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Messages - yso191

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Equipment and Software / Bru'n Water profile for Belgian Dark Strong?
« on: April 29, 2017, 12:05:09 PM »
My next brew is going to attempt to be a clone of Westvleteren 12.  What Bru'n Water profile should I use?

All Grain Brewing / Re: Water Question for IPAs and Mineral Additions
« on: April 29, 2017, 11:00:50 AM »
Very interesting.  Thank you.

All Grain Brewing / Re: Water Question for IPAs and Mineral Additions
« on: April 28, 2017, 10:07:09 AM »
I find myself wondering the role hop choice makes in this discussion of pH in IPA's.  In other words take your typical juicy (I use that descriptor for Denny's benefit) NE IPA compared to a PNW dank, piney, citrusy IPA.  I would imagine pH would affect these differently.

Does anyone have any experience with this?  By 'this' I specifically mean changing pH to match hop character.

Ingredients / Re: How many shots of espresso?
« on: April 09, 2017, 12:22:27 PM »
I have a Chocolate Coffee Stout that I used Starbucks Via in.  It turned out very nice.  No dilution, no beans to mess with.  I used 4 of the packets.  The final product seemed right at the tipping point of being enough.  So I may go with 5 next time.  I liked the flavor of Columbia better than the other.

Excellent.  Thank you all.

Ingredients / Re: New Hops Oils Composition Chart View
« on: March 29, 2017, 05:58:04 PM »
Very cool!  Thank you.

Beer Recipes / Re: Recipe Design Webinar
« on: March 29, 2017, 06:27:09 AM »
Can we see it after the fact?

Thanks Denny!

Equipment and Software / Re: Tilt Bluetooth floating hydrometer
« on: March 28, 2017, 07:12:37 AM »
Thanks for posting this.  I'm seeing a purchase in my future!

Thanks for your input.

My thinking is that 80* is the top end of the range recommended by White Labs, and is only an increase of 14*

Yeast and Fermentation / Fermentation profile for Belgian Dark Strong?
« on: March 27, 2017, 04:51:18 PM »
I am planning a Belgian dark Strong inspired by Westvleteren 12.  I'll be using WLP530.  I'm thinking I'll pitch at 66*.  My question is about the temperature ramp.  Should I:

 -Keep the temperature of the fermentation chamber at a constant and let the yeast free-rise


 - Put the temperature probe in the thermowell and control the fermenting beer's temperature

If the latter, I'm thinking leaving it at 66* for 2-3 days then ramp 2 degrees per day until sitting at 80*, then leave it there until FG.


I went with the gear driven JSP because two of the other mills I have had would periodically just sit there and spin the driven roller while the passive roller did nothing.  I'd bang on them, stick stuff down into the hopper to try to force some grain into the teeth of the rollers, etc.  Very frustrating.  And yes I tried various gap settings.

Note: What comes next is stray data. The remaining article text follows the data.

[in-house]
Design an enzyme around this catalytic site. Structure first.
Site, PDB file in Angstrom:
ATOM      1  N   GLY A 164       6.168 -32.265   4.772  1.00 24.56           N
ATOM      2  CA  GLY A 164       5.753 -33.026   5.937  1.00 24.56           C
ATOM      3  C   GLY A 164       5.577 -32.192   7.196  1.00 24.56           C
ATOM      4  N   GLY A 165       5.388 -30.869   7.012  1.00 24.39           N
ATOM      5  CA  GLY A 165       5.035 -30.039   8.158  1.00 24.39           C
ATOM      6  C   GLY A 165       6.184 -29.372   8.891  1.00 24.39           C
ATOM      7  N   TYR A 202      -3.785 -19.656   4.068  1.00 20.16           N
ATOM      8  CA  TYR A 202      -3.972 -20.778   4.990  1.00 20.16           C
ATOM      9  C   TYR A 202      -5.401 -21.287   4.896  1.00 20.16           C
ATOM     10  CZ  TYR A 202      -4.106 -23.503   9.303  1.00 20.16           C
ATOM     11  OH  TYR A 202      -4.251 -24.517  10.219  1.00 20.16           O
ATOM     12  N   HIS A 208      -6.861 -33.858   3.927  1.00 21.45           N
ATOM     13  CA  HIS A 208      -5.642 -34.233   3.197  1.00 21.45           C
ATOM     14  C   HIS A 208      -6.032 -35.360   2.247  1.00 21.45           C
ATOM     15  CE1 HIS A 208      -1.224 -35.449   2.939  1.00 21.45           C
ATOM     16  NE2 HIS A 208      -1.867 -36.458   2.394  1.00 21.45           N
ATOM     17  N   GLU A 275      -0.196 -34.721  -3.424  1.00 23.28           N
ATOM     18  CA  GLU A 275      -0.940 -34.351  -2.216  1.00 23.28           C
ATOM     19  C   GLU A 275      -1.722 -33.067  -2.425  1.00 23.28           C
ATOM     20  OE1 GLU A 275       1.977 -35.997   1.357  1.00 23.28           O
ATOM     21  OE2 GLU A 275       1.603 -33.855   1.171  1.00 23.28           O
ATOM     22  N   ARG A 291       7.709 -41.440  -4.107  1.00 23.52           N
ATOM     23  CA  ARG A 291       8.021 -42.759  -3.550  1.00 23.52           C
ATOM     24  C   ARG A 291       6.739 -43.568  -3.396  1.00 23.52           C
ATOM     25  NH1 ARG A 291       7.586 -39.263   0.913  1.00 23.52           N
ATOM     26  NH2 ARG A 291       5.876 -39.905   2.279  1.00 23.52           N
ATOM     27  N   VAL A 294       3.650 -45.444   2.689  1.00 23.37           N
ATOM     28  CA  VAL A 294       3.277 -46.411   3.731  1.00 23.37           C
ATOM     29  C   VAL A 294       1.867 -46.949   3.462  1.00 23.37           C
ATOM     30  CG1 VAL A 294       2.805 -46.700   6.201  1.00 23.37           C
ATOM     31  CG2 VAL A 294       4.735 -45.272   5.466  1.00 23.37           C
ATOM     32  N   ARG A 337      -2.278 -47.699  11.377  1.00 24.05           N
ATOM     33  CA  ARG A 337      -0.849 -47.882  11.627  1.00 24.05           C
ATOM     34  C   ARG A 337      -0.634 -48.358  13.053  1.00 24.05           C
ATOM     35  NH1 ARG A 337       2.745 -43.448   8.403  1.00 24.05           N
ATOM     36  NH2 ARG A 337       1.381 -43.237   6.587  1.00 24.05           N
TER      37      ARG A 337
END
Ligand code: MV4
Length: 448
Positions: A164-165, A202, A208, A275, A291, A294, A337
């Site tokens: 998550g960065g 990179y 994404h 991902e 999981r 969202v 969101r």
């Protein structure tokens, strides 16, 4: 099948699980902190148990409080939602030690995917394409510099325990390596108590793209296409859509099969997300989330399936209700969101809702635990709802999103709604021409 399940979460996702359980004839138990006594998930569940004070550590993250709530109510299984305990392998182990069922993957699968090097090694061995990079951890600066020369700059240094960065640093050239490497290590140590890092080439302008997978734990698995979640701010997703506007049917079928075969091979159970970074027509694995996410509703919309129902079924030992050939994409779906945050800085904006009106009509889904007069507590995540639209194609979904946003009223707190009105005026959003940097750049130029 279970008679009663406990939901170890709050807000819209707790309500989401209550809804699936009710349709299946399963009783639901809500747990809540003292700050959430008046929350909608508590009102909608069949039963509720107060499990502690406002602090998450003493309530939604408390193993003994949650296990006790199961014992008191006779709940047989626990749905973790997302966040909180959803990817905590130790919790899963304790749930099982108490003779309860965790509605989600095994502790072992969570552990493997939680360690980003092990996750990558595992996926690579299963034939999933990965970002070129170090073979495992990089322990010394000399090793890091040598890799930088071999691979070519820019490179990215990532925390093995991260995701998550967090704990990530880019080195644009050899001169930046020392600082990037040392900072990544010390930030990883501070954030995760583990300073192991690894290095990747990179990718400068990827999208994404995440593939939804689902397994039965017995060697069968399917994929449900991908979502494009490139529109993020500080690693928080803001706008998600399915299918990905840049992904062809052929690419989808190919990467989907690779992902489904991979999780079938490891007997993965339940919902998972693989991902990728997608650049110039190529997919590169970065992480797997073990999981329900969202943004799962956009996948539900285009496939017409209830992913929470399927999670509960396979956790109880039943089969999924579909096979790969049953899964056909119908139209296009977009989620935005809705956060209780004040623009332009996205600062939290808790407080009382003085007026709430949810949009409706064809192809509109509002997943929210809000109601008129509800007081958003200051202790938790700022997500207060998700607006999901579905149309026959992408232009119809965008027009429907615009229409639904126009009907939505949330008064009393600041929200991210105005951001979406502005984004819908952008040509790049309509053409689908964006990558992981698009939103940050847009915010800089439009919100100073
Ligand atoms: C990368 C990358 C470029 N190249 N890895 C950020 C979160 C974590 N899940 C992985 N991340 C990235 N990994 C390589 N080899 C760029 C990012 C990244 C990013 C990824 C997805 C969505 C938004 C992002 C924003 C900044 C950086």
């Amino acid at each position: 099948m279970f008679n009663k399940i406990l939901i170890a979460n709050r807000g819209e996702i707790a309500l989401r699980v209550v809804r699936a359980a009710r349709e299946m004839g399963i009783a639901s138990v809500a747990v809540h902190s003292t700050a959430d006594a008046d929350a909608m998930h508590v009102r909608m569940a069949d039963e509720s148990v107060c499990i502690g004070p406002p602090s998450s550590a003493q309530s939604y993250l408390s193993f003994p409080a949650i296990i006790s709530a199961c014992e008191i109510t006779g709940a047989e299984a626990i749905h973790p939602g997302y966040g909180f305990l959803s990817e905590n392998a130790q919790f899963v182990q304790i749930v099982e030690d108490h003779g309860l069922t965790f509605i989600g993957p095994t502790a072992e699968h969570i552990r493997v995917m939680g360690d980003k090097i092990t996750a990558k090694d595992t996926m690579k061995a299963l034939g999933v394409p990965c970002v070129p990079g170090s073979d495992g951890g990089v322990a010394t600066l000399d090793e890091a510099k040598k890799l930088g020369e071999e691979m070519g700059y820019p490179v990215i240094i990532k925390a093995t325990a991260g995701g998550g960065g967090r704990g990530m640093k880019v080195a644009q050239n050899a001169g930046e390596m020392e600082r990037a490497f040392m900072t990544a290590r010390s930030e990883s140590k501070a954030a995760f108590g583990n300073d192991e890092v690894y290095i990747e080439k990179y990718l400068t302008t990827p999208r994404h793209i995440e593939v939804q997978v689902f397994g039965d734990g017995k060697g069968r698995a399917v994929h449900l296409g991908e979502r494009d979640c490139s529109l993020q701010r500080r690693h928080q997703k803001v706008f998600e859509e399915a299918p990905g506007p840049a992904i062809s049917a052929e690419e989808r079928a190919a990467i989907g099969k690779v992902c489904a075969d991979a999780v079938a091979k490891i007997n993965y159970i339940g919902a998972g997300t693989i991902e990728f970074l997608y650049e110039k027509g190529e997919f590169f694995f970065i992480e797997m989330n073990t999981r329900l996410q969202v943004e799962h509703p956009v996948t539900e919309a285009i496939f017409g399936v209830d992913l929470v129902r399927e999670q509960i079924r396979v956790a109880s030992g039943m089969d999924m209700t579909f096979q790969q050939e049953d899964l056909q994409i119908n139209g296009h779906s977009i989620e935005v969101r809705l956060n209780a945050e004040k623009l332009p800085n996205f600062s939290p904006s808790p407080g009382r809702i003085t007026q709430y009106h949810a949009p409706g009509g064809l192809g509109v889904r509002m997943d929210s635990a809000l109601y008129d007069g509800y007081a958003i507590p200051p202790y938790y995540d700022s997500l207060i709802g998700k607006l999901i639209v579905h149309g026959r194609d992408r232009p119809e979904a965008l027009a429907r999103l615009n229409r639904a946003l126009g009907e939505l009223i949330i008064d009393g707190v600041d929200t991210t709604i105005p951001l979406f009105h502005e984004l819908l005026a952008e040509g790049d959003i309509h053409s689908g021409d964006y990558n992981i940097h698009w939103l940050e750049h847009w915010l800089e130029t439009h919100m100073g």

Like I said in a previous post, the JSP just chews through the grain.  I turn it on, load the hopper and come back when it is done.

Here is how I have it set up:

I got the cabinet from the local ReStore (Habitat for Humanity's 2nd hand store) for ~$10, put wheels on it, had a friend build the top so that the shaft from the motor would match that of the mill, and then wired a light switch to turn it on and off.  Voila! I just stick a grain bucket in the door under a custom grain chute (a leg from a pair of chest waders).  BTW Thanks to AmandaK for the sourcing the motor (from

General Homebrew Discussion / Re: Matured Beers
« on: March 15, 2017, 03:09:04 PM »
My understanding and limited experience is that maturity varies greatly with beer type.  Some beers are best as soon as they are carbonated.  Others can take years.  Like most things in life, there is a spectrum.

Yes.  But surprisingly for me was the realization that the beers everyone says should not be aged (APA/AIPA) do IMO need a couple of weeks to come into their own.  Stouts are a different issue.  I am drinking a barrel aged imperial stout I brewed two years ago and it shows no sign of being over the hill.

General Homebrew Discussion / Re: Idea for experimentation
« on: March 14, 2017, 02:03:30 PM »
Ha ha!  Nothing is ever simple is it?  The bottom line for me is a practical application.  For those who use a transparent fermentation vessel, what is the maximum exposure to average (I know...) indoor light (where most fermenting & bottling occurs) without off-flavors occurring.

It seems this would be fairly easy.  Have brewers detail every bit of time the wort/beer is exposed to light, with some designated for specific periods of time (i.e.: 5 minutes, 10, 20, 30).  All one would have to do is open the cloth covering, open the door or whatever else is blocking the light.

I guess I am arguing for the middle of the road approach - something that would be indicative, but not worthy of publishing in a peer reviewed journal.

General Homebrew Discussion / Idea for experimentation
« on: March 14, 2017, 10:23:56 AM »
What prompted the thought was looking at an ad for this fermentation vessel which is clear:

I'm curious about how much light it actually takes to skunk a beer.

So let's take an IPA which has lots of Alpha Acids available to twist into mercaptans by light.  How much exposure to light does it actually take to get above the taste threshold for skunkiness/lightstruck?

There is more than one organization on this site dedicated to experimentation which is why I posted the question rather than messaging someone.

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